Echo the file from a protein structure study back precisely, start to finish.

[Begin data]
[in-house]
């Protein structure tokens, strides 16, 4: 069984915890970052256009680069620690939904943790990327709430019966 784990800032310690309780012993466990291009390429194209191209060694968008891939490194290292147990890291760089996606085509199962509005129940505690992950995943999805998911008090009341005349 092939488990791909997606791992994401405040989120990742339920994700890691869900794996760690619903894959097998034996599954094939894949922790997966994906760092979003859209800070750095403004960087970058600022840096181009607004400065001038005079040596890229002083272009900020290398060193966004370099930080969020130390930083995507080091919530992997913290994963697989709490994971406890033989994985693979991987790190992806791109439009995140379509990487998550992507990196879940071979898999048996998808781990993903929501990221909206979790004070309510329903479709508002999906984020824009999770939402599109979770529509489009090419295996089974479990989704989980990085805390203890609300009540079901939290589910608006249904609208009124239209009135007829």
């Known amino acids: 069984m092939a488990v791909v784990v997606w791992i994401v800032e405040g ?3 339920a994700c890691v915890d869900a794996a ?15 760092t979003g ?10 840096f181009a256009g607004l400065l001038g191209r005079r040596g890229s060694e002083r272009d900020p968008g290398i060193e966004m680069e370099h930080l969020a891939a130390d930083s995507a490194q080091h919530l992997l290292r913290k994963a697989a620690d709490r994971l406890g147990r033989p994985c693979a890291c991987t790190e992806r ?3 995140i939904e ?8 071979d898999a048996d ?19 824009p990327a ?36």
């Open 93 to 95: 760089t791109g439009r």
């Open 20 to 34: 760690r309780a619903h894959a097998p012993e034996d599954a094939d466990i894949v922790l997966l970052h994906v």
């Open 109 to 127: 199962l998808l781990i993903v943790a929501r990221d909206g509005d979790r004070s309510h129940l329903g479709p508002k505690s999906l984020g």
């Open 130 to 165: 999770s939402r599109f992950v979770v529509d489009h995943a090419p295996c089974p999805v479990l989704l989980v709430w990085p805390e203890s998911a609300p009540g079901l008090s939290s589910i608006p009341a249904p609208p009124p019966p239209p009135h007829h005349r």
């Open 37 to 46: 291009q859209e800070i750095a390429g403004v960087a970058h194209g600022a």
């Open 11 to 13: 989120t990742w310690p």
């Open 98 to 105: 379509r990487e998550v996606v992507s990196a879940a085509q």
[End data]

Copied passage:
[in-house]
């Protein structure tokens, strides 16, 4: 069984915890970052256009680069620690939904943790990327709430019966 784990800032310690309780012993466990291009390429194209191209060694968008891939490194290292147990890291760089996606085509199962509005129940505690992950995943999805998911008090009341005349 092939488990791909997606791992994401405040989120990742339920994700890691869900794996760690619903894959097998034996599954094939894949922790997966994906760092979003859209800070750095403004960087970058600022840096181009607004400065001038005079040596890229002083272009900020290398060193966004370099930080969020130390930083995507080091919530992997913290994963697989709490994971406890033989994985693979991987790190992806791109439009995140379509990487998550992507990196879940071979898999048996998808781990993903929501990221909206979790004070309510329903479709508002999906984020824009999770939402599109979770529509489009090419295996089974479990989704989980990085805390203890609300009540079901939290589910608006249904609208009124239209009135007829």
């Known amino acids: 069984m092939a488990v791909v784990v997606w791992i994401v800032e405040g ?3 339920a994700c890691v915890d869900a794996a ?15 760092t979003g ?10 840096f181009a256009g607004l400065l001038g191209r005079r040596g890229s060694e002083r272009d900020p968008g290398i060193e966004m680069e370099h930080l969020a891939a130390d930083s995507a490194q080091h919530l992997l290292r913290k994963a697989a620690d709490r994971l406890g147990r033989p994985c693979a890291c991987t790190e992806r ?3 995140i939904e ?8 071979d898999a048996d ?19 824009p990327a ?36």
């Open 93 to 95: 760089t791109g439009r």
């Open 20 to 34: 760690r309780a619903h894959a097998p012993e034996d599954a094939d466990i894949v922790l997966l970052h994906v």
């Open 109 to 127: 199962l998808l781990i993903v943790a929501r990221d909206g509005d979790r004070s309510h129940l329903g479709p508002k505690s999906l984020g």
């Open 130 to 165: 999770s939402r599109f992950v979770v529509d489009h995943a090419p295996c089974p999805v479990l989704l989980v709430w990085p805390e203890s998911a609300p009540g079901l008090s939290s589910i608006p009341a249904p609208p009124p019966p239209p009135h007829h005349r």
């Open 37 to 46: 291009q859209e800070i750095a390429g403004v960087a970058h194209g600022a």
């Open 11 to 13: 989120t990742w310690p």
């Open 98 to 105: 379509r990487e998550v996606v992507s990196a879940a085509q």